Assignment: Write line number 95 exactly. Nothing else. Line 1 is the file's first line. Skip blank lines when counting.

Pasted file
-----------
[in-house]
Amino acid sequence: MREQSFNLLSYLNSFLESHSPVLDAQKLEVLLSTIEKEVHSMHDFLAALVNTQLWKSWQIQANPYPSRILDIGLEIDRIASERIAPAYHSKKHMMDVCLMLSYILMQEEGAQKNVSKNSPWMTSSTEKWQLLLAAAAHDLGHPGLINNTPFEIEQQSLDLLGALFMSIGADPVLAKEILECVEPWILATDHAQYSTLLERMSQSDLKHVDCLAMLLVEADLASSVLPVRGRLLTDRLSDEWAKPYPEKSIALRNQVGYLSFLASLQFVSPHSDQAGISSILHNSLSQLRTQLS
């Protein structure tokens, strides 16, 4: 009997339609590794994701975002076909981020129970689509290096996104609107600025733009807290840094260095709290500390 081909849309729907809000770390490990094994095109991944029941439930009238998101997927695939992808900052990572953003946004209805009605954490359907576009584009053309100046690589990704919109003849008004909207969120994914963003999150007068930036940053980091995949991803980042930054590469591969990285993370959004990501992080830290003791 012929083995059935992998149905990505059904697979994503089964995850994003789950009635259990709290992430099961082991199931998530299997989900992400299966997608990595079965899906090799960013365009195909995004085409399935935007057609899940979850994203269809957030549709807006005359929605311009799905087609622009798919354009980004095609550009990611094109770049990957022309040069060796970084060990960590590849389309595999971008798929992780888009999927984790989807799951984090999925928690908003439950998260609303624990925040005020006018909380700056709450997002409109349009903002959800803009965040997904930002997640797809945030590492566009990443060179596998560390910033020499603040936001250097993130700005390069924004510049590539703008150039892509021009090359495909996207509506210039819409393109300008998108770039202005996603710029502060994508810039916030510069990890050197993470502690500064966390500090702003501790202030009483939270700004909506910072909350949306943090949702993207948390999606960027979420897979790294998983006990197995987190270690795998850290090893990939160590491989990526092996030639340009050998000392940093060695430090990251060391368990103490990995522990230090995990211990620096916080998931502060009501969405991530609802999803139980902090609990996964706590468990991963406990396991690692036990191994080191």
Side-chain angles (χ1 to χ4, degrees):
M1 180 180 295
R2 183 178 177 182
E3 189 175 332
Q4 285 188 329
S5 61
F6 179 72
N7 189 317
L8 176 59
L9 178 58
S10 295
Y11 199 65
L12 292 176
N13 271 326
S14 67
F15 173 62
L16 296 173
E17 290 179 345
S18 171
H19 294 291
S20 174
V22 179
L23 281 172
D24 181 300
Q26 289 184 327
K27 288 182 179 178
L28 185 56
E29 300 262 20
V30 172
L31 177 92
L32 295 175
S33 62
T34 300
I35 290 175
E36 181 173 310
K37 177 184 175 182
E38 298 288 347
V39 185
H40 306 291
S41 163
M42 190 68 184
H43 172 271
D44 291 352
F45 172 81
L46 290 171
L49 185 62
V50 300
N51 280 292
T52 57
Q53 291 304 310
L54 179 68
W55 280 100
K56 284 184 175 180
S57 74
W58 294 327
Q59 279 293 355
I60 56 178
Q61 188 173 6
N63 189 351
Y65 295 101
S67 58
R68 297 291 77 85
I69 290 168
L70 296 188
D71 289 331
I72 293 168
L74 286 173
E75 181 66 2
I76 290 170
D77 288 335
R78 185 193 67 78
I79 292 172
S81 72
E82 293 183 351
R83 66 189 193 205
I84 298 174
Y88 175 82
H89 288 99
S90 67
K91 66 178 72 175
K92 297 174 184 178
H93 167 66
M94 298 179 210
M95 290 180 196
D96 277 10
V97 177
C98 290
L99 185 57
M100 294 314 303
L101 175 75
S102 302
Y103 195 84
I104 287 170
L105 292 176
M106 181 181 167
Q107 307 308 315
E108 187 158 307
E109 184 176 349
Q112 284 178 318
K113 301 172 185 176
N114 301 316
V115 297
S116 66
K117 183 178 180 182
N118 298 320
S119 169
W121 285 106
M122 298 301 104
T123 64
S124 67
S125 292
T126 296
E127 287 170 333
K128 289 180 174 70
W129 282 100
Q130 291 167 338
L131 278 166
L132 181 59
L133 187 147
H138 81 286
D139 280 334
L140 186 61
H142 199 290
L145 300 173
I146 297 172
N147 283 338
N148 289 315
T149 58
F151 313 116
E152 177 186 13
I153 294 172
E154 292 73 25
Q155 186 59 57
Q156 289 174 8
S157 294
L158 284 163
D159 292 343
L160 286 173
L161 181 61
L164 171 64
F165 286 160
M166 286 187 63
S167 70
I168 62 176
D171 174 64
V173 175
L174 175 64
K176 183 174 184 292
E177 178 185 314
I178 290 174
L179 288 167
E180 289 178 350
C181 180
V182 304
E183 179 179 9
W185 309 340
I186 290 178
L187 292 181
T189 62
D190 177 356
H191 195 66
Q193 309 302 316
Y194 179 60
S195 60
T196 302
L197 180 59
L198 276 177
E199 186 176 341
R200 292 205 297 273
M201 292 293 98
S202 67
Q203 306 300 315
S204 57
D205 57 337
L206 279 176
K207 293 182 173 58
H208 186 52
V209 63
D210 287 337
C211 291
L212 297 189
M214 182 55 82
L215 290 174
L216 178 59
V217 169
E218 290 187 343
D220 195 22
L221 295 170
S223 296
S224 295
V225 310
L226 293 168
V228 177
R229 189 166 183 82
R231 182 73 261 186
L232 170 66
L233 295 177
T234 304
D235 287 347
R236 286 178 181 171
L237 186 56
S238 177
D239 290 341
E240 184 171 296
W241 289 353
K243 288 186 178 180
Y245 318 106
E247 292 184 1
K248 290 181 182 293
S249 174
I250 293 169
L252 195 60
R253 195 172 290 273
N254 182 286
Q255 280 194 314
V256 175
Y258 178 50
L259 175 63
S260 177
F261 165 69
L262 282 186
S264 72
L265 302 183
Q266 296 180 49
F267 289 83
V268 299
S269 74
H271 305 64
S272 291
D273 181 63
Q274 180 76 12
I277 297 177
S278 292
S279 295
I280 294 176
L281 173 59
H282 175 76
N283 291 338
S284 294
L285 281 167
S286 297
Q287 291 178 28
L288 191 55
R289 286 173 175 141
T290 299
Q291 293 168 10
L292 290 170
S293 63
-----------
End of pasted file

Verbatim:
Y103 195 84